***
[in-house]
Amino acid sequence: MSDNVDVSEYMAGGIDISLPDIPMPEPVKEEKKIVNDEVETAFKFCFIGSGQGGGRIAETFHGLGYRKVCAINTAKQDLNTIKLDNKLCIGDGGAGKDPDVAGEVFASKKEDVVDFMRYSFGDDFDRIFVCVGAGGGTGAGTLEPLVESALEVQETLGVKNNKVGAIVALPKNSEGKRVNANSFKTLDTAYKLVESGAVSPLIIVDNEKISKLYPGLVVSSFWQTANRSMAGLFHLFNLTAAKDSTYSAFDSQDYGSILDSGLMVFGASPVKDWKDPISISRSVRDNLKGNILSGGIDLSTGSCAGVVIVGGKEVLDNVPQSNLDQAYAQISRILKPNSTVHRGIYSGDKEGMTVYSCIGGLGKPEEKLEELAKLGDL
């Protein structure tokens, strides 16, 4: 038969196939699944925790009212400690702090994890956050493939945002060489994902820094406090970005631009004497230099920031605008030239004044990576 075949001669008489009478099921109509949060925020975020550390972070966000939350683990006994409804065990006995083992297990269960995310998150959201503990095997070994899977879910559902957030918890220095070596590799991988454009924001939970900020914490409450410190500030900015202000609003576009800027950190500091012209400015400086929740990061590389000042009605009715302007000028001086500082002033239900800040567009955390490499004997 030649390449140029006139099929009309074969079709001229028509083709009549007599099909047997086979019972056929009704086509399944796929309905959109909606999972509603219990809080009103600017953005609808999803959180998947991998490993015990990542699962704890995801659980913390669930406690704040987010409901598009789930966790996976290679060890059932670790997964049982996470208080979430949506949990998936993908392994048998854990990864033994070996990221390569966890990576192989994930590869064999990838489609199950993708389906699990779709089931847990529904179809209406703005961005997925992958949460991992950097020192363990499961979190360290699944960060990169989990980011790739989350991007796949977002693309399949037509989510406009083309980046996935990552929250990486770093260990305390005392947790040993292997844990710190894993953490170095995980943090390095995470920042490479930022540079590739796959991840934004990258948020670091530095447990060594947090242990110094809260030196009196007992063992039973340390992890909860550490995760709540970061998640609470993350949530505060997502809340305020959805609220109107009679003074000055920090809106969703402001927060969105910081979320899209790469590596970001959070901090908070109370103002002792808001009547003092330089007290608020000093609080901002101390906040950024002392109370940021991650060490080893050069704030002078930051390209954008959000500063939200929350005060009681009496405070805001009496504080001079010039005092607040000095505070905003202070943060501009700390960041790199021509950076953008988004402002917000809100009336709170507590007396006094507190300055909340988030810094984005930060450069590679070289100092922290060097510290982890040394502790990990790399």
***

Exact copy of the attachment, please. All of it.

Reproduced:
[in-house]
Amino acid sequence: MSDNVDVSEYMAGGIDISLPDIPMPEPVKEEKKIVNDEVETAFKFCFIGSGQGGGRIAETFHGLGYRKVCAINTAKQDLNTIKLDNKLCIGDGGAGKDPDVAGEVFASKKEDVVDFMRYSFGDDFDRIFVCVGAGGGTGAGTLEPLVESALEVQETLGVKNNKVGAIVALPKNSEGKRVNANSFKTLDTAYKLVESGAVSPLIIVDNEKISKLYPGLVVSSFWQTANRSMAGLFHLFNLTAAKDSTYSAFDSQDYGSILDSGLMVFGASPVKDWKDPISISRSVRDNLKGNILSGGIDLSTGSCAGVVIVGGKEVLDNVPQSNLDQAYAQISRILKPNSTVHRGIYSGDKEGMTVYSCIGGLGKPEEKLEELAKLGDL
């Protein structure tokens, strides 16, 4: 038969196939699944925790009212400690702090994890956050493939945002060489994902820094406090970005631009004497230099920031605008030239004044990576 075949001669008489009478099921109509949060925020975020550390972070966000939350683990006994409804065990006995083992297990269960995310998150959201503990095997070994899977879910559902957030918890220095070596590799991988454009924001939970900020914490409450410190500030900015202000609003576009800027950190500091012209400015400086929740990061590389000042009605009715302007000028001086500082002033239900800040567009955390490499004997 030649390449140029006139099929009309074969079709001229028509083709009549007599099909047997086979019972056929009704086509399944796929309905959109909606999972509603219990809080009103600017953005609808999803959180998947991998490993015990990542699962704890995801659980913390669930406690704040987010409901598009789930966790996976290679060890059932670790997964049982996470208080979430949506949990998936993908392994048998854990990864033994070996990221390569966890990576192989994930590869064999990838489609199950993708389906699990779709089931847990529904179809209406703005961005997925992958949460991992950097020192363990499961979190360290699944960060990169989990980011790739989350991007796949977002693309399949037509989510406009083309980046996935990552929250990486770093260990305390005392947790040993292997844990710190894993953490170095995980943090390095995470920042490479930022540079590739796959991840934004990258948020670091530095447990060594947090242990110094809260030196009196007992063992039973340390992890909860550490995760709540970061998640609470993350949530505060997502809340305020959805609220109107009679003074000055920090809106969703402001927060969105910081979320899209790469590596970001959070901090908070109370103002002792808001009547003092330089007290608020000093609080901002101390906040950024002392109370940021991650060490080893050069704030002078930051390209954008959000500063939200929350005060009681009496405070805001009496504080001079010039005092607040000095505070905003202070943060501009700390960041790199021509950076953008988004402002917000809100009336709170507590007396006094507190300055909340988030810094984005930060450069590679070289100092922290060097510290982890040394502790990990790399």